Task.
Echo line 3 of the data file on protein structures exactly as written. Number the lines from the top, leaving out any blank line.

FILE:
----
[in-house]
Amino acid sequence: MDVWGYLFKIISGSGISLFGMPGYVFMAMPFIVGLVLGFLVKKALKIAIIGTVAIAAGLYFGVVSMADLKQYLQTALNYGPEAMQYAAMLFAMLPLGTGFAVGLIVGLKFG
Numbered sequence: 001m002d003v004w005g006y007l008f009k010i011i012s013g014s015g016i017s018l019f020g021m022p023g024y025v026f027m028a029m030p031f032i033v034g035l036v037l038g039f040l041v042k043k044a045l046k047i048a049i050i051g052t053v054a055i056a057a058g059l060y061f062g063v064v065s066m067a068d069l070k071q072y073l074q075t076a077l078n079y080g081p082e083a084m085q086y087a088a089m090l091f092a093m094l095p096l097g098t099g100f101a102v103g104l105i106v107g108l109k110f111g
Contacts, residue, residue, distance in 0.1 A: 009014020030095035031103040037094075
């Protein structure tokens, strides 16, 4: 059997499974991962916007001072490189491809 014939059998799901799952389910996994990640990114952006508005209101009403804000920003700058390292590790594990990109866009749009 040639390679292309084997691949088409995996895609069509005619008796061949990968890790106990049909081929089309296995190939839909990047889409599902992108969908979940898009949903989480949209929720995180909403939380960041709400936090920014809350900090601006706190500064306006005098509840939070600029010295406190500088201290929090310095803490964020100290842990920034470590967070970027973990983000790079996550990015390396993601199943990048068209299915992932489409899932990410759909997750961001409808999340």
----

Numbered sequence: 001m002d003v004w005g006y007l008f009k010i011i012s013g014s015g016i017s018l019f020g021m022p023g024y025v026f027m028a029m030p031f032i033v034g035l036v037l038g039f040l041v042k043k044a045l046k047i048a049i050i051g052t053v054a055i056a057a058g059l060y061f062g063v064v065s066m067a068d069l070k071q072y073l074q075t076a077l078n079y080g081p082e083a084m085q086y087a088a089m090l091f092a093m094l095p096l097g098t099g100f101a102v103g104l105i106v107g108l109k110f111g